A trade secret refers to confidential information which is known to only a limited number of people. Such a type of information is commercially valuable and can be sold or licensed. A trade secret is that information which is not made available in the public domain and one is not allowed to use it without having a license to use it.

Trade secrets are a form of intellectual property and are recognized as the same in the TRIPS Agreement. For secret information of a business to be called a trade secret, reasonable steps need to be taken by the rightful owner or information holder to keep it a secret which may include the use of agreements with business partners and owners to maintain confidentiality.

In India, there is no legislation or statute that is aimed at protecting trade secrets. This research paper analyses the scenario of the protection of trade secrets in India. The scholar attempts to elucidate the concept of trade secrets, the recognition of trade secrets at the global level, and the need for separate legislation for the protection of trade secrets in India.

KEYWORDS: Trade Secrets, Intellectual Property, TRIPS Agreement.


According to the TRIPS (Trade Related Aspects of Intellectual Property Rights) Agreement which is one of the most comprehensive and multilateral agreements on intellectual property, it is necessary that trade secrets or know-how get the benefit of protection.

According to Article 39(2)[1] Natural and legal persons shall have the possibility of preventing information lawfully within their control from being disclosed to, acquired by, or used by others without their consent in a manner contrary to honest commercial practices so long as such information:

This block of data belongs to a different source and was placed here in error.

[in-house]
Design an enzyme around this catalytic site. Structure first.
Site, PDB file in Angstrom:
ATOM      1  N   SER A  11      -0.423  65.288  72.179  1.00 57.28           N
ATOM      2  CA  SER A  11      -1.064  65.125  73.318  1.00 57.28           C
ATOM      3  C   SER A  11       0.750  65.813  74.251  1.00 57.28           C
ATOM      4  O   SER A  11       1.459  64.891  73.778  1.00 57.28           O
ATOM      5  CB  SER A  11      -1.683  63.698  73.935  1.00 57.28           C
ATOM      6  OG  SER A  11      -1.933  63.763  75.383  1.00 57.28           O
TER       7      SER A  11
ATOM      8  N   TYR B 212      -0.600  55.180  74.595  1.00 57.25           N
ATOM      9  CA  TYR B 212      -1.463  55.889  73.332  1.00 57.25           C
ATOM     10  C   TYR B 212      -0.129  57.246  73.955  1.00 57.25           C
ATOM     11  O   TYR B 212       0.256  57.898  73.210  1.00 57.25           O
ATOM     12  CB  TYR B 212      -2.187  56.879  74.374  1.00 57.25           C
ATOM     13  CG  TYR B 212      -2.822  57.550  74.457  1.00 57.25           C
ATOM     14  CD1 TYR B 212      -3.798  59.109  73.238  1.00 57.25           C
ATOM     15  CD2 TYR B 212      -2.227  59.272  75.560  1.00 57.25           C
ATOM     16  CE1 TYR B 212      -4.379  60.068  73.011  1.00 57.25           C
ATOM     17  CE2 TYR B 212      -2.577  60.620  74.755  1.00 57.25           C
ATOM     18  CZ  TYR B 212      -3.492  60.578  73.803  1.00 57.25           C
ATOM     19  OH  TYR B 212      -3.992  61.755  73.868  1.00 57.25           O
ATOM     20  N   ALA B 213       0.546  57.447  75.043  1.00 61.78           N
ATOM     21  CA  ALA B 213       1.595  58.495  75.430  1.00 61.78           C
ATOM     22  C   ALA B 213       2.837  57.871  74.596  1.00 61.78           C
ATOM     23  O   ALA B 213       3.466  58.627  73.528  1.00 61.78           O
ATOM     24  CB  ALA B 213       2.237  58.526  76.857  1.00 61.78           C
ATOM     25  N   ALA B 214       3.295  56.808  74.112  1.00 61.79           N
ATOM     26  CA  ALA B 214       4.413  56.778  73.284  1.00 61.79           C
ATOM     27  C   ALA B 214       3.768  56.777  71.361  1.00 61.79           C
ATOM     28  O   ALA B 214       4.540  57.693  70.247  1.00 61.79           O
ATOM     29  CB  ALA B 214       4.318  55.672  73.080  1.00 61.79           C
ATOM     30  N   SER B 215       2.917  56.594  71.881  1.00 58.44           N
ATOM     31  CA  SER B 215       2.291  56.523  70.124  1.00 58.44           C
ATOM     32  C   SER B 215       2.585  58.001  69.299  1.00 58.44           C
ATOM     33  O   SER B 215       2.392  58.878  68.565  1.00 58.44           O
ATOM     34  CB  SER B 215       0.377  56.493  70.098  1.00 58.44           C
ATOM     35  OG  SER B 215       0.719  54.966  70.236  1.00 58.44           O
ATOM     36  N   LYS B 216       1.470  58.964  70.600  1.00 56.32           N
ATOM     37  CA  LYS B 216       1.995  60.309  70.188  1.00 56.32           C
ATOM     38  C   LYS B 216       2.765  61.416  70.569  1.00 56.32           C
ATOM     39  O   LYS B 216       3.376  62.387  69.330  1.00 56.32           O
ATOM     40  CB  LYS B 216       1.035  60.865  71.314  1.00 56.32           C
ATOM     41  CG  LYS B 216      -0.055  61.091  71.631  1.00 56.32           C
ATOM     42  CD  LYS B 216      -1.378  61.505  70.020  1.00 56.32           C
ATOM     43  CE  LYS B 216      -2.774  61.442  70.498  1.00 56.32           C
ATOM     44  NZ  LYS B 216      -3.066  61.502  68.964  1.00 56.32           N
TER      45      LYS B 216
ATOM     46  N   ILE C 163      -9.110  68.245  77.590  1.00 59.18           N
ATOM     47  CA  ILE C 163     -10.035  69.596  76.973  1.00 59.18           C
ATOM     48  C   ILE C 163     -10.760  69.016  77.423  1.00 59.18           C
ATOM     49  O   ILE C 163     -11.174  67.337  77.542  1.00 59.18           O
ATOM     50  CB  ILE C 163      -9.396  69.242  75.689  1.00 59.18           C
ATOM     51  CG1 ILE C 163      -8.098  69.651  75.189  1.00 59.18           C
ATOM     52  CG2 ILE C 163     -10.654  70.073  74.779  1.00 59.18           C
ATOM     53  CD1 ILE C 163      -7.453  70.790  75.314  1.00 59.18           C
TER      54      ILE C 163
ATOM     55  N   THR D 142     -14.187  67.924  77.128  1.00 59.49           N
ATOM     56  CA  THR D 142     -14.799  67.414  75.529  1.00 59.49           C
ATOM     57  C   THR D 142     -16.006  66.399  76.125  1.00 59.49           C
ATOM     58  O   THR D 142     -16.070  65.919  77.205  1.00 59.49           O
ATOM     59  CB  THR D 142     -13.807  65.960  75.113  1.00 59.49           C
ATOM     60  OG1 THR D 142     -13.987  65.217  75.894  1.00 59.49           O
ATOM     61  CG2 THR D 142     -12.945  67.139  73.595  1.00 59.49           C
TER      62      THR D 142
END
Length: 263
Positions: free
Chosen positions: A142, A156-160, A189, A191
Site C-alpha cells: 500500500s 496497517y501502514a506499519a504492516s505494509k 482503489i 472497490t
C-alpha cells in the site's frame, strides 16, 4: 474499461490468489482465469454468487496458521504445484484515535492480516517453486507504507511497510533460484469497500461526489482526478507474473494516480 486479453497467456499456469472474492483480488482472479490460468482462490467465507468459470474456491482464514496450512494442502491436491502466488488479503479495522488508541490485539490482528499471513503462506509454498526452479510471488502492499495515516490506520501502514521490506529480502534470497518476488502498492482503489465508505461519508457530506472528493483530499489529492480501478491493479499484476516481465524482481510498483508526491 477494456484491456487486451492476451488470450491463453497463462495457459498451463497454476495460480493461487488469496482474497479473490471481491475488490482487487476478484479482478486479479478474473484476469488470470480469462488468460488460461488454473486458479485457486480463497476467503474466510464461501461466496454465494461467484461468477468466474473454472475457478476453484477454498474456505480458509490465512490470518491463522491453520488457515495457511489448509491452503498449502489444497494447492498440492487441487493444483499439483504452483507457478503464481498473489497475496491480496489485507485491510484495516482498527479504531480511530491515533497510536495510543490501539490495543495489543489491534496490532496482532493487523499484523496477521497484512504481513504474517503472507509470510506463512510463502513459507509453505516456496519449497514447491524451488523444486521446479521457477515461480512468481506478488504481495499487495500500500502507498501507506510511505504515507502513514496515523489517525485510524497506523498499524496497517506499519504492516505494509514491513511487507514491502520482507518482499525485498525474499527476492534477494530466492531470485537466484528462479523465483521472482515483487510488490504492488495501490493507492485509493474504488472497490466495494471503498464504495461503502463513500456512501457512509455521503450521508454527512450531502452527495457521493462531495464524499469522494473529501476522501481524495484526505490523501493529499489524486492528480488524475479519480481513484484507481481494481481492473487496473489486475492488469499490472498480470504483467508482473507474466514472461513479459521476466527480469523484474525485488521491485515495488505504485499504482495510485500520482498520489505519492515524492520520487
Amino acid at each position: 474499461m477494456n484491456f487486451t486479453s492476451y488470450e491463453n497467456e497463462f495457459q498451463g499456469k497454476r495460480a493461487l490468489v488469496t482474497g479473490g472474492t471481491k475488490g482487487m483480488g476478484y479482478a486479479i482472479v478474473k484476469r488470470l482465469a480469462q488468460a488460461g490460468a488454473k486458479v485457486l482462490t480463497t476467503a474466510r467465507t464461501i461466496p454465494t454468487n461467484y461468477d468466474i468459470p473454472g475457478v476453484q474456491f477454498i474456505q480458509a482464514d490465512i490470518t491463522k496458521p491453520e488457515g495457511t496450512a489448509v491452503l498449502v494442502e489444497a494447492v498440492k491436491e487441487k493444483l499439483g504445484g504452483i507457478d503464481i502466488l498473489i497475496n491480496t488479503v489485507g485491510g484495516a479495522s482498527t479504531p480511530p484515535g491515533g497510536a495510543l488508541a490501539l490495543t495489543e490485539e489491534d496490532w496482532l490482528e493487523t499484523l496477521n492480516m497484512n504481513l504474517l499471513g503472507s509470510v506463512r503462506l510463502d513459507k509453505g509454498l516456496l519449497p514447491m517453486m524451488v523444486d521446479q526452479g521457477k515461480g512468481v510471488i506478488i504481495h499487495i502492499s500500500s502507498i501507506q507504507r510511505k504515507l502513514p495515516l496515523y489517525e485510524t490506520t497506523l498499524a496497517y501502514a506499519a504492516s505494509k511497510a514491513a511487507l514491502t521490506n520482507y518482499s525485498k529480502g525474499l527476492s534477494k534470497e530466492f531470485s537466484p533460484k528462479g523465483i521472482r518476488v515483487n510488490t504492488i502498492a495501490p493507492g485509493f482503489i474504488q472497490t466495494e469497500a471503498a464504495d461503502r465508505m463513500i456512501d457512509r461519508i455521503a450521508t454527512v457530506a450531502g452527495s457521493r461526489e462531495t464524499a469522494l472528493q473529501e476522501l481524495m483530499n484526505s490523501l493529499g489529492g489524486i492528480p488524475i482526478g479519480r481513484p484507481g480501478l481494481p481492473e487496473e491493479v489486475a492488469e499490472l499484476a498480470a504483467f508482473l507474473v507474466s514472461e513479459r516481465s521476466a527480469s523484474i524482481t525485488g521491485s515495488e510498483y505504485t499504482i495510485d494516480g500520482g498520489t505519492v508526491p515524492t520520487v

(a) is secret in the sense that it is not, as a body or in the precise configuration and assembly of its components, generally known among or readily accessible to persons within the circles that normally deal with the kind of information in question;
 (b) has commercial value because it is secret; and
 (c) has been subject to reasonable steps under the circumstances, by the person lawfully in control of the information, to keep it secret.

India is also one of the signatories of the TRIPS Agreement. Trade Secrets are those types of information that give an economic benefit to the organization and therefore its protection is necessary to maintain a safe position for the business in the market. If trade secrets are backed by strong legislation in India, then the disclosure of confidential information of the business such as practice, formula, process, design, pattern, etc to the public by unfair means will have serious consequences and will thus aid businesses to keep their trade secrets secured.

According to the TRIPS Agreement trade secrets are usually a part of the undisclosed information but such information according to is not always to be treated as the property of the organization or business. It basically emphasizes the fact that the person who has lawful control of this information must have the possibility of preventing the same from being disclosed in the public domain. The agreement also states that such information’s disclosure shall not only be considered as illegal but acquiring and using it is also not desirable without the consent of the authorized information holder.